The beginners guide to running

The beginners guide to running

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Now that we’ve (supposedly) entered the summer, we’re way past the New Year’s resolution season with its pilates class sign-ups and lycra purchases. With every January comes a spike in gym memberships, and many of those memberships are discarded after the first month – along with our best intentions. Who hasn’t enthusiastically applied themselves to their fitness plan, only to drop it when they get busy and stressed at work? Those of you who’ve managed to keep it up, bravo! If you didn’t, you aren’t alone.

If the pre-Olympics coverage is making you feel guilty, don’t despair – there’s a form of exercise that you can pick up whenever you like. It’s addictive, it relieves stress and you can do it on your own or with friends. Best of all? It’s free!

RUNNING.

Trainers

At age 14, I hated sport and would put in as little effort in P.E. as I could get away with. At 24 I had an unused gym membership, a pair of unworn trainers and a growing sense of unease about my level of fitness. I decided to do something about it and applied for Team Bangs on the Run, a running team put together by the inspiration Bangs and a Bun. 5 short months later I crossed the finish line of my first half marathon.

Now, I hate exercise; I hate the chest pain, I hate the shortness of breath and I hate the nausea when you push yourself too hard. But I still managed to run 13 miles without collapsing, and you bloody well can too. Not only does running keep you fit, it makes you more focused and determined in all areas of your life. Plus, with all that Lycra on, you’ll feel like a superhero.

If you’re going to start running, there’s only a couple of things you’ll need:

  • Trainers
  • A sports bra (if you’re a lady, obviously.)

You might already have these things, and if so, great! I would highly recommend getting a gait analysis though, even if you’re just starting out. Running in the wrong trainers can do damage later on so it’s best to get it sorted straight away if you can. And there is to be absolutely no running in Converse or Vans. None whatsoever. I’ve got my eye on you…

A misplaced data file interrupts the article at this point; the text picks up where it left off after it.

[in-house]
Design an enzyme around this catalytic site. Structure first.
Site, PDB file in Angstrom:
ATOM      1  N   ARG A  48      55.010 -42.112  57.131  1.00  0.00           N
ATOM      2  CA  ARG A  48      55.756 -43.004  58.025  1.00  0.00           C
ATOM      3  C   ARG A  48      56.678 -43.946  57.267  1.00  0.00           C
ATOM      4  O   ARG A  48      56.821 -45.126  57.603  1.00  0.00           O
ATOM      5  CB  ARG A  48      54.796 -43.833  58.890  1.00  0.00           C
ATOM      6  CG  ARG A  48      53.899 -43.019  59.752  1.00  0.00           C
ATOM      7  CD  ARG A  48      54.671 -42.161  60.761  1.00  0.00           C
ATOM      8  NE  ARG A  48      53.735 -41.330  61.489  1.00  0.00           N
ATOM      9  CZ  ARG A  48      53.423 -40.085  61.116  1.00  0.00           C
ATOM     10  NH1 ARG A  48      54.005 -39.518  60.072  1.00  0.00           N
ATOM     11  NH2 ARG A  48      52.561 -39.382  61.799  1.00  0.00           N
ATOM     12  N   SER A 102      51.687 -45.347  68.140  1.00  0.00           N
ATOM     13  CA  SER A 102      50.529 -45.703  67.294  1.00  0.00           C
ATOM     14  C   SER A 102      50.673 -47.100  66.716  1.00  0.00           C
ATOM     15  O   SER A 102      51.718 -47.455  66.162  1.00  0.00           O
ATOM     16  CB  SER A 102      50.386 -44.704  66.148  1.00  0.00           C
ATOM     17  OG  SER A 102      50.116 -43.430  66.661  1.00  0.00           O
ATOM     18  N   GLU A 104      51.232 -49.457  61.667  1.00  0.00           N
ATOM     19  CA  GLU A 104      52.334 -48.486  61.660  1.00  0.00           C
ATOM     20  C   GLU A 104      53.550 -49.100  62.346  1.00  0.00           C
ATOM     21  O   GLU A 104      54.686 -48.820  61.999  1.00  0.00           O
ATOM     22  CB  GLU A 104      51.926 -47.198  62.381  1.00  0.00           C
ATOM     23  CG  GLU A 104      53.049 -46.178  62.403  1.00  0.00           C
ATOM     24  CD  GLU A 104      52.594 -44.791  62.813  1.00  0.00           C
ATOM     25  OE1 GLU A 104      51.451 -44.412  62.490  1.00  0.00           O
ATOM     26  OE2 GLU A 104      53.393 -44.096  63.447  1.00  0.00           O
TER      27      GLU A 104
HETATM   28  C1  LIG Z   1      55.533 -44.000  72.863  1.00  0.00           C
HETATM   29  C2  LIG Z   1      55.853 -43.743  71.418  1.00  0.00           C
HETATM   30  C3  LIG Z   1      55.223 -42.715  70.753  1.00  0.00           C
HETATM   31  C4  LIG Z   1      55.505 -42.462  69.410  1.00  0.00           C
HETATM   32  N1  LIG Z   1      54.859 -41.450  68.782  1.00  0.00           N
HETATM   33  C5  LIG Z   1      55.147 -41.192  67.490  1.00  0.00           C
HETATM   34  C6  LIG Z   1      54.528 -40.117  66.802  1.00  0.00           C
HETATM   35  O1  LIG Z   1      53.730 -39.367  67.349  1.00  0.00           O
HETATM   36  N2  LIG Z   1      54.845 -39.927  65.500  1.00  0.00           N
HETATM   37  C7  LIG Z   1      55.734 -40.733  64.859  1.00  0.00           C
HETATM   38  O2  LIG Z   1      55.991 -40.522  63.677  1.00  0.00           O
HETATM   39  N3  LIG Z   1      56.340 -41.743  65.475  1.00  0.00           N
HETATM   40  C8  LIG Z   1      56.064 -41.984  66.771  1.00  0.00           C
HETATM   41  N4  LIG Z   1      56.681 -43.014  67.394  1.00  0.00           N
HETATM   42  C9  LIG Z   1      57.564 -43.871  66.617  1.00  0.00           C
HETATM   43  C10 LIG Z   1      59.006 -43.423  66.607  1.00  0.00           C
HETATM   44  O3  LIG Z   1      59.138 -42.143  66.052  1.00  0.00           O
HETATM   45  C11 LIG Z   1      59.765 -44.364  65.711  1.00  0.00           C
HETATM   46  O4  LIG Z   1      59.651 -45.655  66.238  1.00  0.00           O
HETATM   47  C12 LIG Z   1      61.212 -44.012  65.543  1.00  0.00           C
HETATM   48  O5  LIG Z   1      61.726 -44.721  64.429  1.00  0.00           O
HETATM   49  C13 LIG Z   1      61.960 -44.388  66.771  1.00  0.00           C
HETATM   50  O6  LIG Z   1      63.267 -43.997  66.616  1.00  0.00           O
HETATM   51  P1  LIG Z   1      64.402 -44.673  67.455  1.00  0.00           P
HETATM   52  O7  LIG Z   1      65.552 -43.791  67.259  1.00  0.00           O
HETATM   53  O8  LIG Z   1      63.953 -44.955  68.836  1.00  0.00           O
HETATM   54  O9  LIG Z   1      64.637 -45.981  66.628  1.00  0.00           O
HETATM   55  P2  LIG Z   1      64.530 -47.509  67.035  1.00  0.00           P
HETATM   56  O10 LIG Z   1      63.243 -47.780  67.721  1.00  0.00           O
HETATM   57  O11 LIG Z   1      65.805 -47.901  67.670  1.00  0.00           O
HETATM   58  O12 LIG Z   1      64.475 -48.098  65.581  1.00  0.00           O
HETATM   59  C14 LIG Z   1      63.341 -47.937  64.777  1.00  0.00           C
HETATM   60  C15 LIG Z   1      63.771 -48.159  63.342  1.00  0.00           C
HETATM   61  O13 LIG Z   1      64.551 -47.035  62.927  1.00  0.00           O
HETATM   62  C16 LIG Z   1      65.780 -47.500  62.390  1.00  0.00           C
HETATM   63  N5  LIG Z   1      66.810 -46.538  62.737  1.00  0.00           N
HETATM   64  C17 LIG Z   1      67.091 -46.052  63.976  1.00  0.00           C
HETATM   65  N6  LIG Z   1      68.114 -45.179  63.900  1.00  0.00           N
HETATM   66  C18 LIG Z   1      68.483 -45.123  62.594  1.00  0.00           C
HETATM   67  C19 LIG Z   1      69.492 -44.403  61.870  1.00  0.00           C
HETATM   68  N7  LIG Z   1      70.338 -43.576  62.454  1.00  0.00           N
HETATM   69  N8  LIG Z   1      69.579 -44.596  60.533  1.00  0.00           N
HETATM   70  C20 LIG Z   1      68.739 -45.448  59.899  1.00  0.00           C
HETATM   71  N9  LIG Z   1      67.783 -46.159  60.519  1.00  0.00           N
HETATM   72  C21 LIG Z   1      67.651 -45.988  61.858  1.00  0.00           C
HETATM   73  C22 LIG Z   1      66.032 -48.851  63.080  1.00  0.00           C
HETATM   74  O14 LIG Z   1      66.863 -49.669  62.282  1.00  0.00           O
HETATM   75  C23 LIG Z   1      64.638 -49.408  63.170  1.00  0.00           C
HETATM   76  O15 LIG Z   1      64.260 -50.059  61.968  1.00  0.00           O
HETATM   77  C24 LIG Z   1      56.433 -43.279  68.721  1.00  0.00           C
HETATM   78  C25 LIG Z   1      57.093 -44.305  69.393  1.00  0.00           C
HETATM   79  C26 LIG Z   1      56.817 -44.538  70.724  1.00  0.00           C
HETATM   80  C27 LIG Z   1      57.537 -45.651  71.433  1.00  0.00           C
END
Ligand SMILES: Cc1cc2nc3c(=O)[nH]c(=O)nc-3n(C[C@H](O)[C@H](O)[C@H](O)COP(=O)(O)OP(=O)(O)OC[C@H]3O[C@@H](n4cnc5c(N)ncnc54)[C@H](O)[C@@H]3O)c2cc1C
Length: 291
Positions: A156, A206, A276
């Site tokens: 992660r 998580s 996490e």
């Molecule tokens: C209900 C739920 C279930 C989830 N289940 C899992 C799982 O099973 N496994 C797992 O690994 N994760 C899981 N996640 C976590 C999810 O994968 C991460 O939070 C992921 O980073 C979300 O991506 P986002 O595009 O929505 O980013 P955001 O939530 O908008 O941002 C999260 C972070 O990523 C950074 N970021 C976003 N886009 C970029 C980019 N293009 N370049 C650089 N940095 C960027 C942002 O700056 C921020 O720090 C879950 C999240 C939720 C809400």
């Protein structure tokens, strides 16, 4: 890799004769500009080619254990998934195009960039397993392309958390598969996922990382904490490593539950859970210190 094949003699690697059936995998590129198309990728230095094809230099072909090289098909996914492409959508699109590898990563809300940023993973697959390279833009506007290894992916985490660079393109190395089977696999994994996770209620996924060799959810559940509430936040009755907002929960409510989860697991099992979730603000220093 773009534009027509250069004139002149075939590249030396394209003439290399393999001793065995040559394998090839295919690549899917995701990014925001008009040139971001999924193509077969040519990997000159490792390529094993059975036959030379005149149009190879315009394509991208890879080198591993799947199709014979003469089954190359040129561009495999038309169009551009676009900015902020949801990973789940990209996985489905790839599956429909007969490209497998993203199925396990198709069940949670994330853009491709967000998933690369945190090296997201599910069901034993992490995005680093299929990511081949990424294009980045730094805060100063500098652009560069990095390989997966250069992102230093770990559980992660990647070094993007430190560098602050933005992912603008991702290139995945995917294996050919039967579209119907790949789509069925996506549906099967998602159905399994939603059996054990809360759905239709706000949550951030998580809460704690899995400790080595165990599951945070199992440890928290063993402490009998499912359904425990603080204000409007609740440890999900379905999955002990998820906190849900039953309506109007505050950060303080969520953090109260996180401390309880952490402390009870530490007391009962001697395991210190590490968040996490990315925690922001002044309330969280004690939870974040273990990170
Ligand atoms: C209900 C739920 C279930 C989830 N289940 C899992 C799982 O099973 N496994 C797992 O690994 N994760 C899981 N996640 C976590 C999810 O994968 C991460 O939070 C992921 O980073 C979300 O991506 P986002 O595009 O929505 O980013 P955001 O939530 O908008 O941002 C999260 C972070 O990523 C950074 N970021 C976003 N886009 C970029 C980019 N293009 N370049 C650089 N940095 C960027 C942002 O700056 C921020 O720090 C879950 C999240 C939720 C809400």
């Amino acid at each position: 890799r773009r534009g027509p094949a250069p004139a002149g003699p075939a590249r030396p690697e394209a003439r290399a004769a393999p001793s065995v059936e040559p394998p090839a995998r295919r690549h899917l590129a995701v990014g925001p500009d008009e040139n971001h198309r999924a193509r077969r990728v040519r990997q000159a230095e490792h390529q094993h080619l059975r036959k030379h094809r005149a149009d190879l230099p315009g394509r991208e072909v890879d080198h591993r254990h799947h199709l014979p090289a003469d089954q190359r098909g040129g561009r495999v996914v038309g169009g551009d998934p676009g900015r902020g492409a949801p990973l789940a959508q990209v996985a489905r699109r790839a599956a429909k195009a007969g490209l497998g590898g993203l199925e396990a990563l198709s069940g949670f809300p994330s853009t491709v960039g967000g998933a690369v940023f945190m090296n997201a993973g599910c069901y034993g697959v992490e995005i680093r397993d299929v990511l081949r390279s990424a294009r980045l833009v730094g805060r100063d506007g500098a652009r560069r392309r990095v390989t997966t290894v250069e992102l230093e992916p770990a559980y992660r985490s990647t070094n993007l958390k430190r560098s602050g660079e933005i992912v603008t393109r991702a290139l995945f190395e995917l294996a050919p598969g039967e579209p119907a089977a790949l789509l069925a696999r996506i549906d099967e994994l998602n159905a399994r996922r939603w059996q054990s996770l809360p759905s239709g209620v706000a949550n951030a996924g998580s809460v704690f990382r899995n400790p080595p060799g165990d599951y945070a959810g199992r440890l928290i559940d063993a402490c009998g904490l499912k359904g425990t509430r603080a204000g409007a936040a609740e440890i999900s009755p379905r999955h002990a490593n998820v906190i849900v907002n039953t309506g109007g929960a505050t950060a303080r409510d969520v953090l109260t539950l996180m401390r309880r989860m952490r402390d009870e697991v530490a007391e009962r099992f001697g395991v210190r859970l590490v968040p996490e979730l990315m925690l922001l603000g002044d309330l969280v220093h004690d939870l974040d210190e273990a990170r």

The sports bra is a must, even if you’re a small-chested lass. You really don’t want your boobs swinging in a figure of 8 if you’d like them to stay above your knees as you get older. Plus, it’s really bloody uncomfortable to have them moving around. Strap ‘em in, ladies.

Lycra

To get started, find yourself a plan. You’re more likely to keep at it if you’ve got some sort of schedule to stick to. There are plenty of walk-to-run plans for beginners that focus on getting you through your first 5k, including the NHS Couch to 5k plan.

Secondly, book yourself on to a race. A race gives you something to aim for, and is another good reason to stick to your training plan. Most Race for Life runs are 5k and have a great atmosphere so it’s a brilliant place to start. If you’re feeling braver, try a 10k instead – that’s just over 6 miles, so it’s a fair challenge if you haven’t run before but it’s definitely achievable. For the crazy amongst you, there’s the half marathon. If you’ve got 5+ months to train, you’ll be fine!

Thirdly, find yourself a running buddy. This isn’t mandatory, and you’d be fine running on your own, but a little bit of support during your first few runs will go a long way. Try a friend that is already a runner, and don’t be scared to run with them. A lot of my friends don’t want to start running with me because they assume I’ll be too fast, which isn’t the case at all. I’m most definitely a tortoise!

If you can, start running on grass as it’ll be easier on your shins to begin with. If you’re running alone, take your iPod and listen to your favourite songs. The rest is up to you! Don’t worry about looking stupid as a) you really won’t and b) if anyone’s looking at you, they’re most likely feeling guilty that they’re not doing the same. Nothin’ to it but to do it.

medal

Finally, STRETCH! Make sure you give those legs a good going over when you’re done – Runners World has a great set of basic stretches here. Also, as with any exercise, make sure you’re keeping yourself hydrated.

Those are the basics, and the rest you’ll learn along the way. Running is just so simple, addictive and freeing. Once you’ve crossed the finish line of a race you never thought you could get around in the first place, you’ll feel like you can do anything.

Good luck! Let us know how you get on – I want to see lots of pictures of your sweaty faces.

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